Daily Archives: March 19, 2020

Restoring a Savinelli Autograph 5 Freehand Style Bent Sitter


Blog by Steve Laug

As you might have figured out from the title I am working on another pipe from Italy. This one is a Savinelli Autograph 5. It reads Savinelli over Autograph on the underside of the bowl on a smooth panel. It is also stamped with the Grade number 5 and Italy. The pipe has a beautiful sandblast on the bowl, rim top and shank. The bowl is canted from front to rear. The rim top was filled in with lava and there was thick cake in the bowl. The outer edge of the bowl had some nicks and scratches particularly at the front. There was Sterling Silver band on the shank that was a previous repair to a crack. The crack had been repaired but there was still cosmetic damage on the underside of the shank. The autograph stamp on the vulcanite stem was worn away and non-existent anymore. The twist to the stem confirms that the stem is original. The pipe was dirty but it showed a lot of promise. Jeff took photos of the pipe before I started my work on it. Jeff took close up photos of the bowl and rim top to show the condition of the pipe at this point. The bowl has a light cake and some debris in the bottom of the bowl. The rim top is dirty but undamaged. The stem looks pretty good with the autograph stamp readable. There is tooth chatter and marks on the top and underside just ahead of the button on both sides. He took photos of the sides of the bowl and the heel of the bowl showing the great grain showing through the sandblast finish.   He took a photo of the smooth underside of the bowl/heel. You can see the stamping – Savinelli Autograph 5 over Italy. It is stamped on a smooth portion of the heel while leaving the other portion sandblasted.     He also took photos of the Sterling Silver band on the shank as well as the crack in the underside of the shank. The next photos show the top and underside of the stem. There is a chip out of the top left edge of the button. The overall stem is deeply oxidized and has calcification on both sides at the button. There is also some tooth chatter and some light tooth marks. The final photo shows the curve of the full stem. I wanted to remind myself a bit about the Autograph line from Savinelli so I reread a blog I had written on a previous Autograph restoration (https://rebornpipes.com/2019/01/05/restoring-a-savinelli-autograph-3-rhodesian-dublin-long-shank/). I quote that portion of the blog now:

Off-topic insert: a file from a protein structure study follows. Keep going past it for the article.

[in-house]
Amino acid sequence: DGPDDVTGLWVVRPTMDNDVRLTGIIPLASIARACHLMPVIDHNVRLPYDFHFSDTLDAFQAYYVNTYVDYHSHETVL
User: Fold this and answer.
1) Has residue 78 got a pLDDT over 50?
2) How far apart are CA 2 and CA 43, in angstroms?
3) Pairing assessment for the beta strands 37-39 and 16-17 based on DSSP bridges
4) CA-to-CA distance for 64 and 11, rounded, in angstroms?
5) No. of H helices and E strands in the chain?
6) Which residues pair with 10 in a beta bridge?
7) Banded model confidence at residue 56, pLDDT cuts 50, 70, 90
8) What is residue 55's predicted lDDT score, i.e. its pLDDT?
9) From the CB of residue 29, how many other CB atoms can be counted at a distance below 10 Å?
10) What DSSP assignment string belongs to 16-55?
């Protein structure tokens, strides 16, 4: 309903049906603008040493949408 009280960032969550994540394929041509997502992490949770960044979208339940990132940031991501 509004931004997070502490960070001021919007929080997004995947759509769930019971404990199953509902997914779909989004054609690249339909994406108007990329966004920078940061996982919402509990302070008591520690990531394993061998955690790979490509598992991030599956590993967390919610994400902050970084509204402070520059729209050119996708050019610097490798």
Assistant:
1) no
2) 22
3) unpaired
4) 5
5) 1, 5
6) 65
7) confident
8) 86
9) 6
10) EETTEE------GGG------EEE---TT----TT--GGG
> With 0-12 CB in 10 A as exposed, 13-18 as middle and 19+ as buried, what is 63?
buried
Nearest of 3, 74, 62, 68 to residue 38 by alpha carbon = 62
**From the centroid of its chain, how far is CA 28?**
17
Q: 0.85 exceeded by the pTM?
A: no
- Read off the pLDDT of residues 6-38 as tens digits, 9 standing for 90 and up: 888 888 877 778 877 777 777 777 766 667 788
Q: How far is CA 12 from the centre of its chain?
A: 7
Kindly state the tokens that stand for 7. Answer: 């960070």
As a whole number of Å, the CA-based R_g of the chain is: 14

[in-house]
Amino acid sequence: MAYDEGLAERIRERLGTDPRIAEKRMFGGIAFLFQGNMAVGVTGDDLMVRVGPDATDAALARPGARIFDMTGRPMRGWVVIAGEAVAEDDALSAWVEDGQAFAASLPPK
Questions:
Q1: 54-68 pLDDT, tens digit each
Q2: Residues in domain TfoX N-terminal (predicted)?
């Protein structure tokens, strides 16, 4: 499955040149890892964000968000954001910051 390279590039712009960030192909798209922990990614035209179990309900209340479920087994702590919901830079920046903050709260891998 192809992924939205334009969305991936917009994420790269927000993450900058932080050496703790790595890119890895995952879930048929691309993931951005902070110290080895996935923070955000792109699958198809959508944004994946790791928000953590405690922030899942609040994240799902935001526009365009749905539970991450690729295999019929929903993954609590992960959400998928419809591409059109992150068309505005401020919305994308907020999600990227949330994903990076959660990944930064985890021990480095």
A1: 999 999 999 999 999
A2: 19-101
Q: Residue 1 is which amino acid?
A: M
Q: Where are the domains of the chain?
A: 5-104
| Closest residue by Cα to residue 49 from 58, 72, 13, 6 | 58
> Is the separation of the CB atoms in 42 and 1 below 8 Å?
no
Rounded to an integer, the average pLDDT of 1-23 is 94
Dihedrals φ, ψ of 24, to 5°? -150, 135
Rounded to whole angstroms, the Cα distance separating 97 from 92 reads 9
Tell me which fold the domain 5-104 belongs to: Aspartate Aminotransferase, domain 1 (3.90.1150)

I turned first to the Pipephil website (http://www.pipephil.eu/logos/en/logo-savinelli1.html) to get a brief overview of the Autograph line. There I found out that the Autographs were hand made and unique. The Autograph Grading system is ascending: 3, 4, … 8, 0, 00, 000.

I turned then to Pipedia to get a more background on the Autograph line. I had the outline I needed from pipephil for the pipe but wanted more (https://pipedia.org/wiki/Savinelli). I quote in part from the article on that site.

While Savinelli’s serially produced pipes account for around 98% of annual production, the marque also creates a number of artisanal, handmade pieces as well. The Autographs, the Creativity line, and the Mr. A. line are all the result of Savinelli’s unique handmade process, with the Autographs reflecting the larger Freehand aesthetic, the Creativity line delving into more complex hand carving, and the Mr. A. line sidestepping the standard shape chart for remarkable and unusual pipes.

All of the briar for Savinelli’s Autographs and other freehand pipes is sourced specifically for those pieces. While the majority of the marque’s serial production is made from extra grade ebauchon blocks, Savinelli keeps a separate supply of Extra Extra plateau blocks for Freehands. This variety of briar is much larger, and of a higher quality, which explains why so many Autographs and Savinelli handmades are naturally larger designs.

These handmade pieces are shaped much like traditional Danish Freehands: they are shaped first and drilled second. Using this method, Savinelli’s team of artisans is able to showcase their own creativity, as it maximizes flexibility and facilitates a more grain-centric approach to shaping. The resulting Freehand designs are at once both a departure from the marque’s classical standard shapes, yet very much still “Savinelli” in their nature—i.e. proportioned so that the bowl is the visual focus when viewed from the profile, juxtaposed by the comparatively trim lines of the shank and stem. To provide a little more insight into the differences between Savinelli’s standard production and freehand lines, Luisa Bozzetti comments: